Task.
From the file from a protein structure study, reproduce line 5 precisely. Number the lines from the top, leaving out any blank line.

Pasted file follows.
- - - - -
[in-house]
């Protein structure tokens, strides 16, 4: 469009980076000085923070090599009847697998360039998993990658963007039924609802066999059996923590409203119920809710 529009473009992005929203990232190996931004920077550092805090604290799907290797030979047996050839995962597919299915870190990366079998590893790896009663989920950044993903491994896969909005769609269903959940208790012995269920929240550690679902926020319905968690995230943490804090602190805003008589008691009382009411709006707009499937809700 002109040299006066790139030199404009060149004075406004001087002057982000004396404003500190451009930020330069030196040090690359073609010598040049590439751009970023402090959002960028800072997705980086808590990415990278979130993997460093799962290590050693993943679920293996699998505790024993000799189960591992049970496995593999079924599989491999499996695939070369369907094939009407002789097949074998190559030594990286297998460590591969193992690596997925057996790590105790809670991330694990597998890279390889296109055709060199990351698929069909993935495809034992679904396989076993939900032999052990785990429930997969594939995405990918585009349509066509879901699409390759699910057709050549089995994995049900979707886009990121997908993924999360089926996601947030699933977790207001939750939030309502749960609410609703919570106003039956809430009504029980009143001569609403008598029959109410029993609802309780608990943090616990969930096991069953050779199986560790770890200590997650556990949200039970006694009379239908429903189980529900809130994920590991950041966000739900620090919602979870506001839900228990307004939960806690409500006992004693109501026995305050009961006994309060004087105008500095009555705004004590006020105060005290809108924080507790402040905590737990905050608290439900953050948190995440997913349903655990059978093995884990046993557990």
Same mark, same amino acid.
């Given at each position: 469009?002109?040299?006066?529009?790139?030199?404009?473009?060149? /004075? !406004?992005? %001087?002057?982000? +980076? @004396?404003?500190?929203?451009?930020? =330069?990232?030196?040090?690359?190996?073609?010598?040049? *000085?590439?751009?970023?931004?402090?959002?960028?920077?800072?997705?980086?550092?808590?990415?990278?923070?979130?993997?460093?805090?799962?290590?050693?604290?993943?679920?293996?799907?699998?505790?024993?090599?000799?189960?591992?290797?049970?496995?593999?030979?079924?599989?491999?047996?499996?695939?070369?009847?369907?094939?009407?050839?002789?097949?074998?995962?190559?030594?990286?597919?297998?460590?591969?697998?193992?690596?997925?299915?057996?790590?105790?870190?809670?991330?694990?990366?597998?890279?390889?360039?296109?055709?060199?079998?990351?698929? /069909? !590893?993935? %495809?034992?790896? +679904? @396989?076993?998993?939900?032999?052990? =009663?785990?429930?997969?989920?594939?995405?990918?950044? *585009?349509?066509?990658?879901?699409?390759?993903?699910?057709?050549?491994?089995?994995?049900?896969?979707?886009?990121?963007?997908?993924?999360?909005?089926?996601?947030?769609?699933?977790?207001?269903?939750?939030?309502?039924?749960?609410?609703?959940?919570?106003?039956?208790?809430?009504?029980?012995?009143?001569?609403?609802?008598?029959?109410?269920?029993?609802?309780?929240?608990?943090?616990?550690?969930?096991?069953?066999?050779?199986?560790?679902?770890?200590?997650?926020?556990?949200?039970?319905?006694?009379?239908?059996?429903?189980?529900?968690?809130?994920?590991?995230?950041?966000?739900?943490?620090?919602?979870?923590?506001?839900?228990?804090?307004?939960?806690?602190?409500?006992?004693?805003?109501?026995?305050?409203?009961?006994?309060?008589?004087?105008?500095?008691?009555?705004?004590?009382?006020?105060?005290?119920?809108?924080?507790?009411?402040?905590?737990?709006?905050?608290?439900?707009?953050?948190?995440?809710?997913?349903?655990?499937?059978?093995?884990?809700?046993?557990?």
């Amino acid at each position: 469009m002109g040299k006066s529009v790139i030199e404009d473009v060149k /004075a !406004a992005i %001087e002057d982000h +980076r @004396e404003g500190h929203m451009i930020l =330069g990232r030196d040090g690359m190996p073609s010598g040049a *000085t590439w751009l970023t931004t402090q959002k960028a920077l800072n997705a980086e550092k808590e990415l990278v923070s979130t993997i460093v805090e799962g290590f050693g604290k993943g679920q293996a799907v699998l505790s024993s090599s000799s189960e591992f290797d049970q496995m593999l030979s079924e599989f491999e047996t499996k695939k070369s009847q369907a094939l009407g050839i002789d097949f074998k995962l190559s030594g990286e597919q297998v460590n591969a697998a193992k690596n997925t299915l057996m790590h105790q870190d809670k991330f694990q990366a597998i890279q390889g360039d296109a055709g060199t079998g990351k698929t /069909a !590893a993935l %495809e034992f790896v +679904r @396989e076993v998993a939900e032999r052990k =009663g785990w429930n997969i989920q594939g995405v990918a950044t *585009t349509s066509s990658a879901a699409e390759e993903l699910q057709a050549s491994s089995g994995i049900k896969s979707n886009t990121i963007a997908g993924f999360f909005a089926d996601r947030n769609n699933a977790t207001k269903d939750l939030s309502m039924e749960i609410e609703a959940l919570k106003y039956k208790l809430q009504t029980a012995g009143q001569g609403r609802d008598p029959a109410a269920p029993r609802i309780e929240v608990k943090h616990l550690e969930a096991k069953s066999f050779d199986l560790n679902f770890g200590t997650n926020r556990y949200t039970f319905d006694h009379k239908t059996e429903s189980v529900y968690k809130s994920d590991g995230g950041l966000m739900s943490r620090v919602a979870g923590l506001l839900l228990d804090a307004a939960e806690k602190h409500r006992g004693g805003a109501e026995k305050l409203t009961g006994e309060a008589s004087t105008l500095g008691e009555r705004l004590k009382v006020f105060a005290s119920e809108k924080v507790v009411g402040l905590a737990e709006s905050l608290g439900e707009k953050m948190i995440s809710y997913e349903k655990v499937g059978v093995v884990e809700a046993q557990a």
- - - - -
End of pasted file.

């Amino acid at each position: 469009m002109g040299k006066s529009v790139i030199e404009d473009v060149k /004075a !406004a992005i %001087e002057d982000h +980076r @004396e404003g500190h929203m451009i930020l =330069g990232r030196d040090g690359m190996p073609s010598g040049a *000085t590439w751009l970023t931004t402090q959002k960028a920077l800072n997705a980086e550092k808590e990415l990278v923070s979130t993997i460093v805090e799962g290590f050693g604290k993943g679920q293996a799907v699998l505790s024993s090599s000799s189960e591992f290797d049970q496995m593999l030979s079924e599989f491999e047996t499996k695939k070369s009847q369907a094939l009407g050839i002789d097949f074998k995962l190559s030594g990286e597919q297998v460590n591969a697998a193992k690596n997925t299915l057996m790590h105790q870190d809670k991330f694990q990366a597998i890279q390889g360039d296109a055709g060199t079998g990351k698929t /069909a !590893a993935l %495809e034992f790896v +679904r @396989e076993v998993a939900e032999r052990k =009663g785990w429930n997969i989920q594939g995405v990918a950044t *585009t349509s066509s990658a879901a699409e390759e993903l699910q057709a050549s491994s089995g994995i049900k896969s979707n886009t990121i963007a997908g993924f999360f909005a089926d996601r947030n769609n699933a977790t207001k269903d939750l939030s309502m039924e749960i609410e609703a959940l919570k106003y039956k208790l809430q009504t029980a012995g009143q001569g609403r609802d008598p029959a109410a269920p029993r609802i309780e929240v608990k943090h616990l550690e969930a096991k069953s066999f050779d199986l560790n679902f770890g200590t997650n926020r556990y949200t039970f319905d006694h009379k239908t059996e429903s189980v529900y968690k809130s994920d590991g995230g950041l966000m739900s943490r620090v919602a979870g923590l506001l839900l228990d804090a307004a939960e806690k602190h409500r006992g004693g805003a109501e026995k305050l409203t009961g006994e309060a008589s004087t105008l500095g008691e009555r705004l004590k009382v006020f105060a005290s119920e809108k924080v507790v009411g402040l905590a737990e709006s905050l608290g439900e707009k953050m948190i995440s809710y997913e349903k655990v499937g059978v093995v884990e809700a046993q557990a």